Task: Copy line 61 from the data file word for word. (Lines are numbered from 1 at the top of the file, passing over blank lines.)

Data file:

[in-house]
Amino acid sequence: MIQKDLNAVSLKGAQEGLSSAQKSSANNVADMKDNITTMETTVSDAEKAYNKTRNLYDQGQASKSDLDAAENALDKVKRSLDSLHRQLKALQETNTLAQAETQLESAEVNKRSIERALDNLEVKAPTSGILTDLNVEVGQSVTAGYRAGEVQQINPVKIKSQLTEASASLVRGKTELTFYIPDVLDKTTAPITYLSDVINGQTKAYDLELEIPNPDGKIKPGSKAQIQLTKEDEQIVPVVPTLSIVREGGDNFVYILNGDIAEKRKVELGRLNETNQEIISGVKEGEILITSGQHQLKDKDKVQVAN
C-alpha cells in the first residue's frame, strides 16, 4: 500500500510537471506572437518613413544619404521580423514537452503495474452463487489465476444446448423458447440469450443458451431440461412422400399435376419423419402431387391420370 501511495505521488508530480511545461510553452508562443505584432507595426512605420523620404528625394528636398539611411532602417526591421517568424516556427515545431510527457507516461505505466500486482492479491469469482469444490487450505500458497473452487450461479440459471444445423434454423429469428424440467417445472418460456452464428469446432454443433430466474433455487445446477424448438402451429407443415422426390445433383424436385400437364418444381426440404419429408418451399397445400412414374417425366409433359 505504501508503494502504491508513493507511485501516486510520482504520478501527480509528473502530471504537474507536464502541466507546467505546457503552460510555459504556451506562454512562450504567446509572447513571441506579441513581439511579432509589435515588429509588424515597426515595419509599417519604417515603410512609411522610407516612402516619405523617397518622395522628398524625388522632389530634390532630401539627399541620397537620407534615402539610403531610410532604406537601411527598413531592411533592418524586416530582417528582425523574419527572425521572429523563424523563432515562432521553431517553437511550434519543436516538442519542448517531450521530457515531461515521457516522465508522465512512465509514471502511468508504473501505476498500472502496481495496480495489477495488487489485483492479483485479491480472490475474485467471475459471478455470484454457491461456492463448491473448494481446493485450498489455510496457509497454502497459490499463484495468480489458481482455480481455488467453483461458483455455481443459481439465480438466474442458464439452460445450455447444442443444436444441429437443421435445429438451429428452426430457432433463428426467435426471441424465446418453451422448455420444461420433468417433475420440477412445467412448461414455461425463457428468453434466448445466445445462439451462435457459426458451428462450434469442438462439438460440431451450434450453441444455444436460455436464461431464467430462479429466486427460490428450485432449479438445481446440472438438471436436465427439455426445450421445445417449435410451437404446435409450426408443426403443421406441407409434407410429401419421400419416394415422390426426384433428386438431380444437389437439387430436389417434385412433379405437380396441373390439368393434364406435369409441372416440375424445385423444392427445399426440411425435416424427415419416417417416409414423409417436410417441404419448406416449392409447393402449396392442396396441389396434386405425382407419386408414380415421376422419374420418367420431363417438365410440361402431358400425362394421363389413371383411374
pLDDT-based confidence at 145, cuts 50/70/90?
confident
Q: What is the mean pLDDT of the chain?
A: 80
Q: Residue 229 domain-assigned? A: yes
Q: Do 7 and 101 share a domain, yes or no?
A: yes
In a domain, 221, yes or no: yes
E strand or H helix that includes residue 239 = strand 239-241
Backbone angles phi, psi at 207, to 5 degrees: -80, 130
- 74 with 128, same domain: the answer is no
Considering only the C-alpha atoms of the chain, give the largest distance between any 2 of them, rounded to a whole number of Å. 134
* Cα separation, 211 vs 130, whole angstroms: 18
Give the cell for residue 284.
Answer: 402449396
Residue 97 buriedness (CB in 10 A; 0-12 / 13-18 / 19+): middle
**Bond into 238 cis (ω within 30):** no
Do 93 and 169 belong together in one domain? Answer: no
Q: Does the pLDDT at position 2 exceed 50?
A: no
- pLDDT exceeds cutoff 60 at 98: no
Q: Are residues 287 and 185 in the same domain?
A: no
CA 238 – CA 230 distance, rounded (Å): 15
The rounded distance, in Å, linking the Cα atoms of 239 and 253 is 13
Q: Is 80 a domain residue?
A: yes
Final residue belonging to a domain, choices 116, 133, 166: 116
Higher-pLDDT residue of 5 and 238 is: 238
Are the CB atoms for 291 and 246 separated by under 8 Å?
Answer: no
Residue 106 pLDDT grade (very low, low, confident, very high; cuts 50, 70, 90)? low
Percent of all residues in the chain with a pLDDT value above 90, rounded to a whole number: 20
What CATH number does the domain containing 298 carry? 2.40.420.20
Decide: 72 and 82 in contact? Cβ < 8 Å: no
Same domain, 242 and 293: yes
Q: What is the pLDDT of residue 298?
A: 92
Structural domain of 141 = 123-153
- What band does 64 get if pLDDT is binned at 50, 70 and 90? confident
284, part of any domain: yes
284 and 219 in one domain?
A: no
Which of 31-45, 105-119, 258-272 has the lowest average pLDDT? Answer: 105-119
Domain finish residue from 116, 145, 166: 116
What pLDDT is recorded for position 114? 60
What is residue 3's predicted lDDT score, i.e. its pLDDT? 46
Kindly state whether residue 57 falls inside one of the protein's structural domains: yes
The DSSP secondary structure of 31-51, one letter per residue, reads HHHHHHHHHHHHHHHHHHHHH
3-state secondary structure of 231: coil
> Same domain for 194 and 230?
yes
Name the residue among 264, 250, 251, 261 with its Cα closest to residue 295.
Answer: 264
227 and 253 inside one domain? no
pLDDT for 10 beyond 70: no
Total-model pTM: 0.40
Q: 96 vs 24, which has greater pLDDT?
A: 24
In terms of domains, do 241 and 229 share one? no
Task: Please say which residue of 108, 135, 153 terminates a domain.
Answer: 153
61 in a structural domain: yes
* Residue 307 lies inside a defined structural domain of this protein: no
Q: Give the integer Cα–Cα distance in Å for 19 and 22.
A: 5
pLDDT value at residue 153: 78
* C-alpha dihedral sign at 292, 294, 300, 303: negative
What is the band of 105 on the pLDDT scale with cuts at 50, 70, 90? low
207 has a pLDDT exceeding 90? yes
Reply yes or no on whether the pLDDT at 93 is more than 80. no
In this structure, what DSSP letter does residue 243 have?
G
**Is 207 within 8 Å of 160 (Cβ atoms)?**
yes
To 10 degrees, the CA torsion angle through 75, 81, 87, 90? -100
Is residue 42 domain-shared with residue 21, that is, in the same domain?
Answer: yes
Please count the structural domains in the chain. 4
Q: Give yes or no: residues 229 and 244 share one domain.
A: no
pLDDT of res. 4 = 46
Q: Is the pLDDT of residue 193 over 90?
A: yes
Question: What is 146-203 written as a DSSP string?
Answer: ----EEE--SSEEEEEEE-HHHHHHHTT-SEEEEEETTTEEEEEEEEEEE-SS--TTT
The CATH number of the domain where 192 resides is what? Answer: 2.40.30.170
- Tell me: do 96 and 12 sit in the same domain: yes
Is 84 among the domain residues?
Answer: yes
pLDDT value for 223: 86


Q: 96 vs 24, which has greater pLDDT?